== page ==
Scientists are a step closer to understanding which genes are responsible for early onset Alzheimer’s disease in people with Down’s syndrome, thanks to a new study led by researchers at the Francis Crick Institute and UCL along with an international group of collaborators.
The findings could pave the way for future medicines to prevent the disease in these individuals, and provide insights into the mechanisms that cause dementia in the general population.
Carol Boys, Chief Executive of the Down’s Syndrome Association, said:
“This study shows some really exciting results for people with Down’s syndrome. We have known for a long time that there is a genetic link between Down’s syndrome and Alzheimer’s disease; the team at UCL have now managed to identify the genes that are important for the development of the disease. These important findings mean that it may now be possible to develop new and improved treatments that could help to slow the development of Alzheimer’s disease in people with Down’s syndrome.”
The high rates of Alzheimer’s in people with Down’s syndrome were previously thought to be caused by a particular gene on chromosome 21 called APP. Chromosome 21 contains 231 genes, but APP was the prime suspect because it produces amyloid precursor proteins. These are involved in generating amyloid beta proteins, which build up in the brain in Alzheimer’s patients.
In this study, published in the journal Brain, researchers found that extra copies of other genes on chromosome 21 increase Alzheimer’s-like brain pathology and cognitive impairments in a mouse model of Down syndrome.
Dr Frances Wiseman, Senior Research Fellow at UCL, and first author of this study, said: “We’ve shown for the first time that genes other than APP are playing a role in early-onset Alzheimer’s disease in our model of Down’s Syndrome. Identifying what these genes are, and what pathways are involved in the earliest stages of neurodegeneration, could help us to one day intervene with these pathways to prevent the disease in people with Down’s syndrome.”
The team compared mice that produce APP amyloid protein with, and without, the presence of human chromosome 21, to tease apart the contributions of APP and other genes in Alzheimer’s disease.
They found that mice with an extra copy of all the genes on chromosome 21 had more signs of Alzheimer’s disease than mice without. The mice with extra copies of all genes on chromosome 21 had greater levels of amyloid beta and more protein clumps or ‘plaques’ inside part of the brain that controls memory, and performed worse on memory tests.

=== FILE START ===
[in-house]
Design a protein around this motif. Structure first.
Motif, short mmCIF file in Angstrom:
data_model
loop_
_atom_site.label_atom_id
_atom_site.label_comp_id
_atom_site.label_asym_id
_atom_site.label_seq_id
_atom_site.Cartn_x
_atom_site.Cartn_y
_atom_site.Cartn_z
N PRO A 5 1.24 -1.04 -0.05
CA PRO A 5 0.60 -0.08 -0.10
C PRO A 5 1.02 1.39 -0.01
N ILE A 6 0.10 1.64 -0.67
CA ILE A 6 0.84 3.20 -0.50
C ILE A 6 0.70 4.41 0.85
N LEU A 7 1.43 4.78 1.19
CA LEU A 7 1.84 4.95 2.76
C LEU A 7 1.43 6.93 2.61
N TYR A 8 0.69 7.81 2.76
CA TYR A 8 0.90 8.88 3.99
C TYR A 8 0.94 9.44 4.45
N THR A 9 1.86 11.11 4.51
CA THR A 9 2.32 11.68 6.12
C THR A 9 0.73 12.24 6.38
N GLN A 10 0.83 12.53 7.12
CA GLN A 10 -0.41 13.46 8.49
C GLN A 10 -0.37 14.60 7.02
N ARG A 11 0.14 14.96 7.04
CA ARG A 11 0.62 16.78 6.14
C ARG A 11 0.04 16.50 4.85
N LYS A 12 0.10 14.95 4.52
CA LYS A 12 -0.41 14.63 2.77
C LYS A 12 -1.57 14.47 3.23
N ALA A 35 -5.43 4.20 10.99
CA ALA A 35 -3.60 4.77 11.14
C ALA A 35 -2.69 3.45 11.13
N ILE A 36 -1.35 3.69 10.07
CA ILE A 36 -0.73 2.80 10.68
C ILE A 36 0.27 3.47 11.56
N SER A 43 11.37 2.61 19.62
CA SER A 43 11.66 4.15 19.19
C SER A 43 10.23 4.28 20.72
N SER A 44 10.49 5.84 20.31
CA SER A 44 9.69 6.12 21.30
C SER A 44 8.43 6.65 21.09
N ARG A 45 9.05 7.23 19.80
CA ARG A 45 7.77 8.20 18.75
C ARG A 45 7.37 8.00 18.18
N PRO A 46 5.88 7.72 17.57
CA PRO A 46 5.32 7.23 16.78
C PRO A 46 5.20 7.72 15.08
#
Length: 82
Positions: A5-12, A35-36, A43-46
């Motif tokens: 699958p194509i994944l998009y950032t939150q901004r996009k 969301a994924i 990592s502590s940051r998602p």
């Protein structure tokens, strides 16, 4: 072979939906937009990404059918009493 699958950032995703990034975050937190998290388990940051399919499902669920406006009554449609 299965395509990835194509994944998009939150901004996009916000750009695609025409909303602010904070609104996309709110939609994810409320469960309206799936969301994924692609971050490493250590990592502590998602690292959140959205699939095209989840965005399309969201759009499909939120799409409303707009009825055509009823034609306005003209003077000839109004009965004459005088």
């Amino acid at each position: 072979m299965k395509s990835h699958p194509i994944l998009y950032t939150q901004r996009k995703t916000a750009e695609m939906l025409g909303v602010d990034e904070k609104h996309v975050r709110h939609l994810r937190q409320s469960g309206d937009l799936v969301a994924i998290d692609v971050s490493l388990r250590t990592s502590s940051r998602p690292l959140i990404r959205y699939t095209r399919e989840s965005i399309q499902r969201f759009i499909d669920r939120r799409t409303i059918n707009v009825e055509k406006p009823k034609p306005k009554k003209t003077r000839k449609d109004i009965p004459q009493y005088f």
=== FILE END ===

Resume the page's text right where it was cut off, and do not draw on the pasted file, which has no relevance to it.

The team then looked at what was causing the increased build-up of amyloid-beta and plaques in the brains of mice with extra copies of all the genes on human chromosome 21. They found that these mice produced more of a particular type of amyloid beta protein that is more prone to forming clumps.
Dr Victor Tybulewicz, Group Leader at the Francis Crick Institute and co-senior author of the paper, said: “Down’s syndrome has historically been very difficult to model in a mouse, because the genes that we have on chromosome 21 are spread across three different chromosomes in mice. Only after years of refining our mouse models can we study the earliest stages of Alzheimer’s, and other diseases, in the context of Down’s syndrome.”
Elizabeth Fisher, Professor of Neurogenetics at UCL, and co-senior author of the paper, added: “Although we’re looking at Alzheimer’s disease through the lens of Down’s syndrome, this international collaboration provides insight into the earliest stages of disease progression, which may be applicable to modulating Alzheimer’s disease in the general population.”
The authors were funded by a Wellcome Trust Strategic Award awarded to the London Down Syndrome (LonDownS) Consortium, the Medical Research Council, Alzheimer’s Research UK, Alzheimer’s Society, the Torsten Söderberg Foundation at the Royal Swedish Academy of Sciences and the Francis Crick Institute.